Obit of the Day: Hiding in Plain Sight
The Netherlands’ most wanted war criminal was not hard to find. He was living in Ingelstadt, Germany and working for Audi. But no matter how hard they tried, Klaas Faber lay tantalizingly out of reach.
Klaas and his brother, Pieter Johan, joined the Nazi SS after the Germans invaded the Netherlands in May 1940. (Their father, Pieter Faber, was the head of the Dutch Nazi party prior to World War II.) While serving in the SS, the Faber brothers, oversaw the killings of Dutch citizens, especially Jews, throughout the country.
In 1947, the brothers were tried and found guilty of murder. Pieter Johan was executed by firing squad. Klaas’ sentence was commuted to life in prison because there was no evidence that he had actually committed the murders himself. (Their father was captured and killed by the Dutch Resistance in 1944.)
In December 1952, Klaas Faber and six other former SS officers serving time in prison, escaped and fled to West Germany. Once safely inside the border, Klaas and his compatriots applied for, and received, German citizenship. They qualified under a law that was signed by Hitler during the war that awarded citizenship to any foreign national who aided the Nazi cause. The German government had never overturned the law and Klaas Faber was now a German citizen.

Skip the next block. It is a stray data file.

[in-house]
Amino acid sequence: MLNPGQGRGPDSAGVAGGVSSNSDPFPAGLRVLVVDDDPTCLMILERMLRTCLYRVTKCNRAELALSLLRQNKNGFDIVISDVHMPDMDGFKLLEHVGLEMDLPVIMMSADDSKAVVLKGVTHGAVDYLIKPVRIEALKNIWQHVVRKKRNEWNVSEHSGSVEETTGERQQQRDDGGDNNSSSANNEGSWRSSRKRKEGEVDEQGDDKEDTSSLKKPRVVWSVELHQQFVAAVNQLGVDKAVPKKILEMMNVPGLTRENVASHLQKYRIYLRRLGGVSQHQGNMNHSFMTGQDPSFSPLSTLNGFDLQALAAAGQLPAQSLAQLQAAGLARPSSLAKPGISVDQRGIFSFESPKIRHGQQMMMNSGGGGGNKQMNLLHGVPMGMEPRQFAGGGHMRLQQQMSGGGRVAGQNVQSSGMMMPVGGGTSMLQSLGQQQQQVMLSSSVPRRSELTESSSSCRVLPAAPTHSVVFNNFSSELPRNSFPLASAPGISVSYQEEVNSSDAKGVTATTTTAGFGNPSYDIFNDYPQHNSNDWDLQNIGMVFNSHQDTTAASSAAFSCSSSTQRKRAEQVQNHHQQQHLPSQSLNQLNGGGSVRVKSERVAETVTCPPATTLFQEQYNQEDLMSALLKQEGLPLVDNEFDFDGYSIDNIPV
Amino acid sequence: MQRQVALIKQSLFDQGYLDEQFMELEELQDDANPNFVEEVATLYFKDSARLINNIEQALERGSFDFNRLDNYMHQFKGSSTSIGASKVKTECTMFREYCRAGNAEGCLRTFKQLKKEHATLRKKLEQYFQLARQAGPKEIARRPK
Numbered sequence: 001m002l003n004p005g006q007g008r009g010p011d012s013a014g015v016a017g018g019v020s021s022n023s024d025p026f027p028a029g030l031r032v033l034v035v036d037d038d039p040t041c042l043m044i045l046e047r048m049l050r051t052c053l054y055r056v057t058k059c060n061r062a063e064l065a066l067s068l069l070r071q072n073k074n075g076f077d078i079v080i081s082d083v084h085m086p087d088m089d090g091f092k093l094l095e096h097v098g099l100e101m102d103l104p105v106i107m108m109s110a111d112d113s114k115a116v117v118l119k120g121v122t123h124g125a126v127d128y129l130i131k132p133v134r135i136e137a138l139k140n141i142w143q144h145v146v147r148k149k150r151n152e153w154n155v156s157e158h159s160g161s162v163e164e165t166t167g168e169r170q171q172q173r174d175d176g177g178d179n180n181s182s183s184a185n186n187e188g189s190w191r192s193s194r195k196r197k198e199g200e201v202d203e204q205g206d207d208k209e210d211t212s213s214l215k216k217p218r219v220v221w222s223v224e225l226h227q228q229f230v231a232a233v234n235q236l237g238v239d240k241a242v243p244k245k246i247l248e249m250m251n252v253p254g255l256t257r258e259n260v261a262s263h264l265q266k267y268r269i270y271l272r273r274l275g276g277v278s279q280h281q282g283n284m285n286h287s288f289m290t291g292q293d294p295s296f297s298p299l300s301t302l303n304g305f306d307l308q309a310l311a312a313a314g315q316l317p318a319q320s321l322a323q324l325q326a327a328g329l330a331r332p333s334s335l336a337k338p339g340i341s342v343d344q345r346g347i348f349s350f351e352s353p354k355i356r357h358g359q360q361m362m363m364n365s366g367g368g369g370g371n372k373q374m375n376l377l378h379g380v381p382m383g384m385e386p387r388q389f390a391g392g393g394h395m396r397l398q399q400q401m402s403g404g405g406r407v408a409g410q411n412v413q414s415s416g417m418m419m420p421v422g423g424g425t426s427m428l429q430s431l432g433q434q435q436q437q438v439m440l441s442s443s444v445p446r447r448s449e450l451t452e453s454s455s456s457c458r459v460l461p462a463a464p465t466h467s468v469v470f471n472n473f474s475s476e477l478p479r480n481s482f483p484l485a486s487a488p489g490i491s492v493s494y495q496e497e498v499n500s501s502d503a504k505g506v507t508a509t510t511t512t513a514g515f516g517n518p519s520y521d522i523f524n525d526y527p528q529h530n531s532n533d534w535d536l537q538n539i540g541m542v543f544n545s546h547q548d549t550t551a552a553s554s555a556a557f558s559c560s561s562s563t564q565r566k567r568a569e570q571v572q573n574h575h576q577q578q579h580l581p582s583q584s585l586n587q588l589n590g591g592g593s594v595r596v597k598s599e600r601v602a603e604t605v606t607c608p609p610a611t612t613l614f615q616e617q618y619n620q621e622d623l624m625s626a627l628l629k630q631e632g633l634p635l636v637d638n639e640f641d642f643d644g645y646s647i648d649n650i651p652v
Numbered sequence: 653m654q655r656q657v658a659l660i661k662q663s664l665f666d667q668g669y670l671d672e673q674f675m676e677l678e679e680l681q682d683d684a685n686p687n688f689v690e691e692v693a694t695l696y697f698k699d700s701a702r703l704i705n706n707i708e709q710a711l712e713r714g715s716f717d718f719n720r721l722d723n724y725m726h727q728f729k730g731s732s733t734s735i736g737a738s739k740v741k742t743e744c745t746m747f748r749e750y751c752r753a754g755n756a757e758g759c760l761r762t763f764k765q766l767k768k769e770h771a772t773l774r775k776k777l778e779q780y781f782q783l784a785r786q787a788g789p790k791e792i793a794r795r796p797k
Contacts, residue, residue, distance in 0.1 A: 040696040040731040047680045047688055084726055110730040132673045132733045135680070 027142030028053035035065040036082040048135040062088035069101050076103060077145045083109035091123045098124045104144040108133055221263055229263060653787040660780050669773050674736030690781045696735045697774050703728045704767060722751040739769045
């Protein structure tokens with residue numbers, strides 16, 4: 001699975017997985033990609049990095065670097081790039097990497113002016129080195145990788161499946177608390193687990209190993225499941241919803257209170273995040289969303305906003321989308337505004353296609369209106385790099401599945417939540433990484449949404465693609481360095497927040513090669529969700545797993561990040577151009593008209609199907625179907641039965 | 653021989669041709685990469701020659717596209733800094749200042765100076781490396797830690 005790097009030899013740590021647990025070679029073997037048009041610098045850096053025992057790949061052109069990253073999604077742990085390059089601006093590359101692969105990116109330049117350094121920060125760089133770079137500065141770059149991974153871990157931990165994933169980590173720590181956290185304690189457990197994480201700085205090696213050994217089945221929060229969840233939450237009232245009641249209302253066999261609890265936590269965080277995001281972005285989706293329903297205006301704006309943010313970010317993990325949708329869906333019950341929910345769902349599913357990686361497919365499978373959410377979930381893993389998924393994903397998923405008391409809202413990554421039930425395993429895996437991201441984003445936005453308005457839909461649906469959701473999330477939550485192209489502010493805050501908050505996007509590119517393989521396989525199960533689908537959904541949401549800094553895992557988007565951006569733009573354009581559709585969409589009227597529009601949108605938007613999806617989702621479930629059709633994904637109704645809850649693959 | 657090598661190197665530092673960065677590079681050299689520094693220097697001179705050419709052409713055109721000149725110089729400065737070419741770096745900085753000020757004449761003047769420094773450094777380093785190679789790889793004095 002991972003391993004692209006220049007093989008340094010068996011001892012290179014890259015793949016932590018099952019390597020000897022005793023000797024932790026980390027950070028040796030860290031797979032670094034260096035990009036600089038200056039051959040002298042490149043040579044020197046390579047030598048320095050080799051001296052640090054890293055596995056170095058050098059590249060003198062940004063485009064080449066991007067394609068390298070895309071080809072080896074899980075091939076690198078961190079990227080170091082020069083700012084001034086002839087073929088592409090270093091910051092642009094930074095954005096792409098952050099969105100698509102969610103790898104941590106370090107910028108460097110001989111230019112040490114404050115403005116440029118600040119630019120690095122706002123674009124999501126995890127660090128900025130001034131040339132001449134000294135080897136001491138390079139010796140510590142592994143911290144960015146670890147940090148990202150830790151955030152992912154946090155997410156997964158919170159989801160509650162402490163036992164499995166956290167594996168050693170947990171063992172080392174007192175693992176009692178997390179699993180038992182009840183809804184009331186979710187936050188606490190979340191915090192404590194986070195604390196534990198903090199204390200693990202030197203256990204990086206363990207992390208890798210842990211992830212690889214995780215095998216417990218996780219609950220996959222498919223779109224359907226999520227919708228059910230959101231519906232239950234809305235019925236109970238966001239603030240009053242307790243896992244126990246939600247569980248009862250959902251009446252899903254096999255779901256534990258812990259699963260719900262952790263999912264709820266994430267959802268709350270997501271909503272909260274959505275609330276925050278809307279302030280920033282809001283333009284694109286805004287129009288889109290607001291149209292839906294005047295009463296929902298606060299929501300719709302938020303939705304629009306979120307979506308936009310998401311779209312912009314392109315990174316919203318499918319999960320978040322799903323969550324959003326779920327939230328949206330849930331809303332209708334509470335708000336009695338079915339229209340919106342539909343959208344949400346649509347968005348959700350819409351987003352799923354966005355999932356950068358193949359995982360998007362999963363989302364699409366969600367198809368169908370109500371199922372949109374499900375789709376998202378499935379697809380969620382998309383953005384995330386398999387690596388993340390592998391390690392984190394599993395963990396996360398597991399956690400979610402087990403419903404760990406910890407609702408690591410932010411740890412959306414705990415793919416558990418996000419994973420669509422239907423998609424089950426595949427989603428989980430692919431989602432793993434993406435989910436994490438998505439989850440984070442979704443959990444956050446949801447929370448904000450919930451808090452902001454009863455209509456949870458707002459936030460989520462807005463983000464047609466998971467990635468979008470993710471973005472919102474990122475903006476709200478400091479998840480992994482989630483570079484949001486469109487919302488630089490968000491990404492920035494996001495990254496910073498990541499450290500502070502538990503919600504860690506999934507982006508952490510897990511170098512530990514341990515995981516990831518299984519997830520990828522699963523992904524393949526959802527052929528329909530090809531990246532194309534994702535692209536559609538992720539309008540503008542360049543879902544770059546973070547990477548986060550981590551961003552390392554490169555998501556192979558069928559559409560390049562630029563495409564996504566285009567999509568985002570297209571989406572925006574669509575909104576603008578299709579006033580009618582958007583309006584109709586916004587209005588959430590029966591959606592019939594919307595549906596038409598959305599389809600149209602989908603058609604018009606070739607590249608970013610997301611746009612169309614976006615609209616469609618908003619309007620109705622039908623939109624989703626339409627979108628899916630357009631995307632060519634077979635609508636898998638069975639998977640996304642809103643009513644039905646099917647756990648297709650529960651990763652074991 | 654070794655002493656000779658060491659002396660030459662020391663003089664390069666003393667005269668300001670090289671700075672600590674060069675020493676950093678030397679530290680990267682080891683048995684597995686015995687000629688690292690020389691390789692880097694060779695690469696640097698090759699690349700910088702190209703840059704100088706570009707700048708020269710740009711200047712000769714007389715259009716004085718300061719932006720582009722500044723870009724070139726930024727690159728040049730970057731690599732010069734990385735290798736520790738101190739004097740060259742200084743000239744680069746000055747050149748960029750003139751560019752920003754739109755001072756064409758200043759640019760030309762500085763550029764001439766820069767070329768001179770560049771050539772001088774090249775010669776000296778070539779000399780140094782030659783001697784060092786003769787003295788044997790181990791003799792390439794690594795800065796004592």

What this meant was that Faber was safe since Germany would not extradite citizens. So the Dutch could only watch in stunned disbelief as a convicted war criminal and prison escapee lived a quiet life of freedom in Ingelstadt.
Klaas Faber, who never spent another day in prison, died on May 24, 2012 at the age of 90.
(Image of Klaas Faber’s prison photo is courtesy of wikipedia.org)